Wells sponsoring third post-crisis prime jumbo MBS totaling $554M
Wells Fargo’s prime jumbo mortgage trust platform is downsizing its latest deal compared to its first transaction of the year. But the $553.6 million transaction still represents one of the biggest offerings of large-balance home loans among other prime jumbo MBS offerings in the past year.
Wells Fargo Mortgage Backed Securities 2019-2 is a pool of 836 first-lien, fixed-rate loans with an average loan size of $662,193 to borrowers with a weighted-average FICO of 780, according to Moody’s Investors Service (Fitch Ratings reported a WA FICO of 772, still indicative of “very high credit-quality borrowers,” the agency’s presale report stated).
That pales in comparison to WFMPS 2019-1 (1,017 loans, with a total balance of $711.6 million or $699,766 per account), but is larger than other 2019 issuers including JPMorgan, Goldman Sachs, Redwood Trust and Starwood Capital Group.
(Goldman’s deal in March was among the smallest, and unlike Wells’ all-jumbo collateral includes a portion of loans eligible to be purchased, securitized or guaranteed by Freddie Mac or Fannie Mae.)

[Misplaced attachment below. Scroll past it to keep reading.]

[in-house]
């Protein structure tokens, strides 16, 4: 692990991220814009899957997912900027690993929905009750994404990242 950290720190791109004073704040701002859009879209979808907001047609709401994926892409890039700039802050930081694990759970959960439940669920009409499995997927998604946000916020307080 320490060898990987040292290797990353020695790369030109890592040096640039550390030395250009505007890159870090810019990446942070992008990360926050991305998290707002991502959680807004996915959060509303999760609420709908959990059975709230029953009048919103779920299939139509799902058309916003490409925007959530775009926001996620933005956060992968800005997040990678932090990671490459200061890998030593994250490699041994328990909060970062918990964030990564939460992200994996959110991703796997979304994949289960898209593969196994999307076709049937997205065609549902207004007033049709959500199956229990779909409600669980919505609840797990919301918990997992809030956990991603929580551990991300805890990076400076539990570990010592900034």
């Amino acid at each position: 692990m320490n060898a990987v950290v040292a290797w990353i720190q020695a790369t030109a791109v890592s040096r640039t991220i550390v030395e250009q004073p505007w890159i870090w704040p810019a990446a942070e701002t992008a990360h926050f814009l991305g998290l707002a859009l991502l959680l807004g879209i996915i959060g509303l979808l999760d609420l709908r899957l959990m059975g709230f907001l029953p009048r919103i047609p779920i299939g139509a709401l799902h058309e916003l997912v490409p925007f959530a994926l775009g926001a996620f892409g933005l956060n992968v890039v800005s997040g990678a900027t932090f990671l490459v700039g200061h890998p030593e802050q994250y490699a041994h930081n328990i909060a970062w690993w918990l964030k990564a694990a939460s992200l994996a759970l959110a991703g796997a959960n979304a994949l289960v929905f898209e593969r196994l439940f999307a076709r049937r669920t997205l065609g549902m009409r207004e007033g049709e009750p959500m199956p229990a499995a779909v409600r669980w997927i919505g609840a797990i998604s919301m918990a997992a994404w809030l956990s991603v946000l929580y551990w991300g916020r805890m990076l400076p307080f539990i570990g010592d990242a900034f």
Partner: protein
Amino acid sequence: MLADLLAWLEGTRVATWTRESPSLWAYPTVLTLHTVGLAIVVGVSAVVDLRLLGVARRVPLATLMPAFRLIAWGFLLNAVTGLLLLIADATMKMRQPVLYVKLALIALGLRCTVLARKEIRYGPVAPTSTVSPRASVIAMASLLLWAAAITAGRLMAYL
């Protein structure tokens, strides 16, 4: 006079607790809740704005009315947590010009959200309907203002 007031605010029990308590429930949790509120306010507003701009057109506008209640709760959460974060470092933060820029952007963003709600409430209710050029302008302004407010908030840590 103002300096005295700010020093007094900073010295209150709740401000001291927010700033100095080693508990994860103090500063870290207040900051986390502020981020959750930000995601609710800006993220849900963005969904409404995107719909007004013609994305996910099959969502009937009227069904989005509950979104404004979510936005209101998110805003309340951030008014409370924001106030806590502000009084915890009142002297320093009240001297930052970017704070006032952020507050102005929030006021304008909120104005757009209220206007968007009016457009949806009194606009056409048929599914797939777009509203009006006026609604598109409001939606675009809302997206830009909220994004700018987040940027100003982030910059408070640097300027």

JPMorgan has the highest total deal volume at $1.9 billion this year, but that is across four transactions.
U.S. prime jumbo securitization volume for the year stands at approximately $4.2 billion.
Wells is issuing only its third post-crisis prime jumbo securitization since jumpstarting the platform last year, according to Moody’s Investors Service. The Wells transaction includes 20 classes of triple-A rated notes as rated by Moody’s; Fitch Ratings also issued AAA ratings for the various Class A tranches, and also rated the five small Class B subordinate tranches with ratings ranging from AA to BB.
All of the loans, which have a WA loan-to-value ratio of 73.3%, were originated by Wells Fargo Home Lending (one of the largest mortgage originators in the country), with 77% through its retail channels. All are covered under the safe harbor provision of the Dodd-Frank Act’s qualified mortgage rule, and have an average seasoning of four months. About 63.7% are concentrated in five states: California, New York, Washington, New Jersey and Virginia.
While most of the loans (91.2% of the pool) are designated as owner-occupied, 7.24% of the pool are second homes. Borrowers with two or more properties represent 31.7% of the pool by balance, and those with two-to-three are 30.2%. Multiple mortgaged properties makes borrowers more likely to default, according to Moody’s, “but high income borrowers with stable employment may support debt payments on vacation properties.”
According to Moody’s, 15.4% of the loan balances were refinancings.
Moody’s has expected base-case net losses of 0.25% for the pool. Fitch has a base case given-loss scenario of 0.1%.